Doctors in UAE use iPads to treat wounds
This new wound management software from E-Kare uses a HIPAA-compliant platform - which is approved by the World Health Organisation.
The words 'wound care' and 'patient safety issues' no longer have to be linked, as technology is changing the way healthcare professionals manage and treat wounds.
Typically, we're privy to seeing hospital-based doctors and nurses clad in gowns, masks and gloves try to assess and treat wounds, but with that come issues relating to patient safety.
There are rampant anti-bacterial resistant bugs that can infect such wounds, MRSA being one, and in some cases they can be deadly.
But over the past few months, Dr Raed Ahmed Farhat, Plastic Surgery and Cosmetic Laser specialist at Al Qasimi and Kuwait Hospital in Sharjah (under the Ministry of Health) has treated 100 patients using a "remote wound management" approach.
"We treat moderate to severe cases using this specialised software. Since rolling out the project three months ago, I have treated 100 cases, 43 of which I assessed and given treatment instructions for while travelling around Europe. It's a 24-7-365 service."
This new wound management software from E-Kare uses a HIPAA-compliant platform - which is approved by the World Health Organisation - where the treating doctor can store the information of the patient, confidentially, to a secure cloud.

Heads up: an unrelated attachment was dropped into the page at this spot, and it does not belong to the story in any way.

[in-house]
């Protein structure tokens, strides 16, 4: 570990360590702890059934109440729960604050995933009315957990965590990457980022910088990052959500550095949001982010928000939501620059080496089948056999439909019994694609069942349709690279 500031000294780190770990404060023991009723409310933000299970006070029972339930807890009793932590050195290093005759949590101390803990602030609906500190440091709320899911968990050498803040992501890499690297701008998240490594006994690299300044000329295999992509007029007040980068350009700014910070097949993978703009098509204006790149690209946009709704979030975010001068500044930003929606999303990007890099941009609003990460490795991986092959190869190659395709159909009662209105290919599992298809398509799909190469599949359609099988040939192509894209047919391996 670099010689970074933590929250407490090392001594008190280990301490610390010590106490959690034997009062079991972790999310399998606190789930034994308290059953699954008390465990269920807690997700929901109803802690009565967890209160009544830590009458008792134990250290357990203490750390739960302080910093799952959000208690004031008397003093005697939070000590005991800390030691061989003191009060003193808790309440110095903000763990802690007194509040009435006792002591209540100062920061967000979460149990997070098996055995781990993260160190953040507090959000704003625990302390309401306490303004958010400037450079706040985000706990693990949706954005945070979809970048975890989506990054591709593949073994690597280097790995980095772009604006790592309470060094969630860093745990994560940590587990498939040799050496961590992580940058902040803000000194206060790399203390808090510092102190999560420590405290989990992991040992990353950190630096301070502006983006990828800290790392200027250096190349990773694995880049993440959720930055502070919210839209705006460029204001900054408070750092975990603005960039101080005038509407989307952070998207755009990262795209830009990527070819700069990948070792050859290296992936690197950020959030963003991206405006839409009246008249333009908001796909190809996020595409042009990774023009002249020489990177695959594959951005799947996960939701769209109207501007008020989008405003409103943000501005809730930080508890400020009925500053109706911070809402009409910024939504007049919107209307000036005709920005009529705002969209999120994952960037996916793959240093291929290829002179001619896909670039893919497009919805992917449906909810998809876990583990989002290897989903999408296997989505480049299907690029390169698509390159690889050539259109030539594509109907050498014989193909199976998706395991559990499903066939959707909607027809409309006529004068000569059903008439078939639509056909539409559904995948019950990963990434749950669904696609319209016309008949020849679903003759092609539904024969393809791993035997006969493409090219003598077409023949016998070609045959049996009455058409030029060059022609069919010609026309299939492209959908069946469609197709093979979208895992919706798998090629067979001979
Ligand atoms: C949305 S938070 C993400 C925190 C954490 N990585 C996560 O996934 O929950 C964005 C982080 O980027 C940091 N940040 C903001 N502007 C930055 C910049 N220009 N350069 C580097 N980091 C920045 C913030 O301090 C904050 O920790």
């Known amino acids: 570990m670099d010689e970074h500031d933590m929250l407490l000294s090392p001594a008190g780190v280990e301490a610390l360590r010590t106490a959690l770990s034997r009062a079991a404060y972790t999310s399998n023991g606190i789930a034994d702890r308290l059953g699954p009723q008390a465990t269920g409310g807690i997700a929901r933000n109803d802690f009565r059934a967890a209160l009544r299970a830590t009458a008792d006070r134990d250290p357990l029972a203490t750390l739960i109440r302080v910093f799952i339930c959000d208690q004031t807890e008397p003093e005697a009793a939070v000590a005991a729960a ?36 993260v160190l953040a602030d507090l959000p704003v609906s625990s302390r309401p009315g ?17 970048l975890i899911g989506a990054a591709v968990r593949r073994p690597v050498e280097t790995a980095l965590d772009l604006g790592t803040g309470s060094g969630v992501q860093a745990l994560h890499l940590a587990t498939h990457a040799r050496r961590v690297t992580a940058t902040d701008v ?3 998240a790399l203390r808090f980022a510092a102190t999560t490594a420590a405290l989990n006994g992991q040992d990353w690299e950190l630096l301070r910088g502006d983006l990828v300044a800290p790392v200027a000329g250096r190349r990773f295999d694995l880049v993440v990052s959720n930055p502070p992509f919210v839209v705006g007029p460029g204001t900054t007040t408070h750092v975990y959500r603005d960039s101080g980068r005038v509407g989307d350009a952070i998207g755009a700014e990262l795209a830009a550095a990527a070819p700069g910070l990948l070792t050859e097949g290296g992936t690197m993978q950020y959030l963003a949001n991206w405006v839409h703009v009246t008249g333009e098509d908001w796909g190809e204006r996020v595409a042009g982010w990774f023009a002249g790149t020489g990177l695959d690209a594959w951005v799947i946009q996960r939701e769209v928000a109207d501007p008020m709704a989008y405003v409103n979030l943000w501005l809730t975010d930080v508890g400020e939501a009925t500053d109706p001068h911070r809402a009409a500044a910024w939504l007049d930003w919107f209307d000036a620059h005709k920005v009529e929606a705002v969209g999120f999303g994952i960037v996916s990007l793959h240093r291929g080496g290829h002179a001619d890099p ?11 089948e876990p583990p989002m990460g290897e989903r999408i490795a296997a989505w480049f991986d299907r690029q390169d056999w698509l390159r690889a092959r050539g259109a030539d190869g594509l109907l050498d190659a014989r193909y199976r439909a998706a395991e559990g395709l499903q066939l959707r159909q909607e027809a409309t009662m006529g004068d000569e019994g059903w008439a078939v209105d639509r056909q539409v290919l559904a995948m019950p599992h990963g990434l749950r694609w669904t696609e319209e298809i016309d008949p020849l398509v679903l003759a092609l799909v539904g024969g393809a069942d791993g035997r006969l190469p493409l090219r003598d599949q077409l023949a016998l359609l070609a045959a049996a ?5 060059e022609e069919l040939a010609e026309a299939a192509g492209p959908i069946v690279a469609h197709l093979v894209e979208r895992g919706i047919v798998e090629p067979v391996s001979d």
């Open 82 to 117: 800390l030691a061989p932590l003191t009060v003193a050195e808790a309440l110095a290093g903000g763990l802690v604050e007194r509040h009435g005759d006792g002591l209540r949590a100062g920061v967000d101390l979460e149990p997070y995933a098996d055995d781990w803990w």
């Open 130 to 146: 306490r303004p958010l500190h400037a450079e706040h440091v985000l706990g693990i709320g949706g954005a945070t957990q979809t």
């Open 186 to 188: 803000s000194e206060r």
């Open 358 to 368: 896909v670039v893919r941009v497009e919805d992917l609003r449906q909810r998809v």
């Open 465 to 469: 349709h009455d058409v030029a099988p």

Using a single image 3D capture, the specialist doctor can then access the patient's information remotely and decipher what treatment plan is needed.
The standard iPad and 3D infrared camera can measure the depth of the wound, and its complex algorithm allows the software to discern between health, necrotic and other types of tissue.
Currently using four devices across the Ministry of Health, the main of which is based at Al Qasimi hospital Sharjah, Dr Farhat said one device is being used at a hospital in Kalba, one in Khor Fakkan and the fourth at Umm Al Quwain hospital.
"Wound care is a huge issue for healthcare systems worldwide and causes a massive hidden cost. The MoH has sent these devices to remote areas so specialists can be on hand to offer treatment options to doctors there. This reduces cost, decreases the suffering of the patient because they can be treated quicker, and it opens better channels of communication between general doctors and specialist doctors."
Wound care in a hospital setting carries with it huge problems. They are notorious for not healing well and require a great deal of hazardous intervention from staff.
"In the future it would be great to roll out this software across all Ministry of Health hospitals. It will greatly help patients in remote areas and at home. Nothing concrete has been decided on this as yet though," Dr Farhat said.
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